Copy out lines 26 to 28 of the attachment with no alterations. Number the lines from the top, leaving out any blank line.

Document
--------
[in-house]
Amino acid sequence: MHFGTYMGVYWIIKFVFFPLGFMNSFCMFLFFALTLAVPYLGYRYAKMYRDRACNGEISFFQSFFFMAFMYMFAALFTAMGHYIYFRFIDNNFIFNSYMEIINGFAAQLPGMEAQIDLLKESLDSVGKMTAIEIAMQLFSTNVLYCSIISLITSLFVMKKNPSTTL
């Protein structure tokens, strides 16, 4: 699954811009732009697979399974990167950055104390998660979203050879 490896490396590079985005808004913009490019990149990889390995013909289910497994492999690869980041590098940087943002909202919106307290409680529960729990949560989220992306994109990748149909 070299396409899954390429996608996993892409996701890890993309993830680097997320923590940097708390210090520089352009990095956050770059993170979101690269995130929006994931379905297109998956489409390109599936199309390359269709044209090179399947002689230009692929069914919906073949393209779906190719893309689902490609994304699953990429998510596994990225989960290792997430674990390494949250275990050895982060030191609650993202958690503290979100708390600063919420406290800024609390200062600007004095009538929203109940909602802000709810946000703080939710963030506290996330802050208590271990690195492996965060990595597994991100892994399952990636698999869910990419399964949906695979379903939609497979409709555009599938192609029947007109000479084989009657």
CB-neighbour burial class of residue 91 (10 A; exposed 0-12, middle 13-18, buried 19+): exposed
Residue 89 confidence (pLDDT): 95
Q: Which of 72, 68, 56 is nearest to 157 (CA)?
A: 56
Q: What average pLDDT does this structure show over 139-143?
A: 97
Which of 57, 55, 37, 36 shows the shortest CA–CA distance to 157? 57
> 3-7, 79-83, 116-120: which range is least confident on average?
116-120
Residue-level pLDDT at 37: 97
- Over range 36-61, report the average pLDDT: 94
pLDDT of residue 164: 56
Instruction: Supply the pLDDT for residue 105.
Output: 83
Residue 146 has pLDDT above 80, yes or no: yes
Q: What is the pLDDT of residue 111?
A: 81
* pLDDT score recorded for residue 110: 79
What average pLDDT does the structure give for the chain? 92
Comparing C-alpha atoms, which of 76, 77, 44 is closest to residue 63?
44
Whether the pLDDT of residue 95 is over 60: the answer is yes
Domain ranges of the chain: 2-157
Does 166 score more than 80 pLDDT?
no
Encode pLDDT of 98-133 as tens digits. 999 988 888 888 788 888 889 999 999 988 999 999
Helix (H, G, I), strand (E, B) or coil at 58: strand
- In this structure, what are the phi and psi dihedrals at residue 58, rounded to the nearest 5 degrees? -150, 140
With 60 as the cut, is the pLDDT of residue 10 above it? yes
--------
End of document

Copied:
Domain ranges of the chain: 2-157
Does 166 score more than 80 pLDDT?
no